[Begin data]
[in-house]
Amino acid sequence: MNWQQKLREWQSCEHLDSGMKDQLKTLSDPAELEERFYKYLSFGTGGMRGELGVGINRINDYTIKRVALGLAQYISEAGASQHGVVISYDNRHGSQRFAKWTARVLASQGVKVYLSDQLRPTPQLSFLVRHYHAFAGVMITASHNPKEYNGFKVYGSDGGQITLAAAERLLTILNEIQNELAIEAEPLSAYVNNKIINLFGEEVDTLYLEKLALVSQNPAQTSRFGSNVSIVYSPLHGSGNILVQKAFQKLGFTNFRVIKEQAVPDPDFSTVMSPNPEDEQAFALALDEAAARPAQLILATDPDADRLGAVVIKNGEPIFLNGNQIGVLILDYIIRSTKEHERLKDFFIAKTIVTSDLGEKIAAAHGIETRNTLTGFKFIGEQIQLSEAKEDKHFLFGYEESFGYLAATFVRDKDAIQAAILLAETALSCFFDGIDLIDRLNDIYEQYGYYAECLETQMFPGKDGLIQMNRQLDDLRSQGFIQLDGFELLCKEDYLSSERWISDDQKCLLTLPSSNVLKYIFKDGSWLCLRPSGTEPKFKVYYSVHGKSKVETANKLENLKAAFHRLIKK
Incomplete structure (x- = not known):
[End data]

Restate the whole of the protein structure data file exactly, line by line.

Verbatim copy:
[in-house]
Amino acid sequence: MNWQQKLREWQSCEHLDSGMKDQLKTLSDPAELEERFYKYLSFGTGGMRGELGVGINRINDYTIKRVALGLAQYISEAGASQHGVVISYDNRHGSQRFAKWTARVLASQGVKVYLSDQLRPTPQLSFLVRHYHAFAGVMITASHNPKEYNGFKVYGSDGGQITLAAAERLLTILNEIQNELAIEAEPLSAYVNNKIINLFGEEVDTLYLEKLALVSQNPAQTSRFGSNVSIVYSPLHGSGNILVQKAFQKLGFTNFRVIKEQAVPDPDFSTVMSPNPEDEQAFALALDEAAARPAQLILATDPDADRLGAVVIKNGEPIFLNGNQIGVLILDYIIRSTKEHERLKDFFIAKTIVTSDLGEKIAAAHGIETRNTLTGFKFIGEQIQLSEAKEDKHFLFGYEESFGYLAATFVRDKDAIQAAILLAETALSCFFDGIDLIDRLNDIYEQYGYYAECLETQMFPGKDGLIQMNRQLDDLRSQGFIQLDGFELLCKEDYLSSERWISDDQKCLLTLPSSNVLKYIFKDGSWLCLRPSGTEPKFKVYYSVHGKSKVETANKLENLKAAFHRLIKK
Incomplete structure (x- = not known):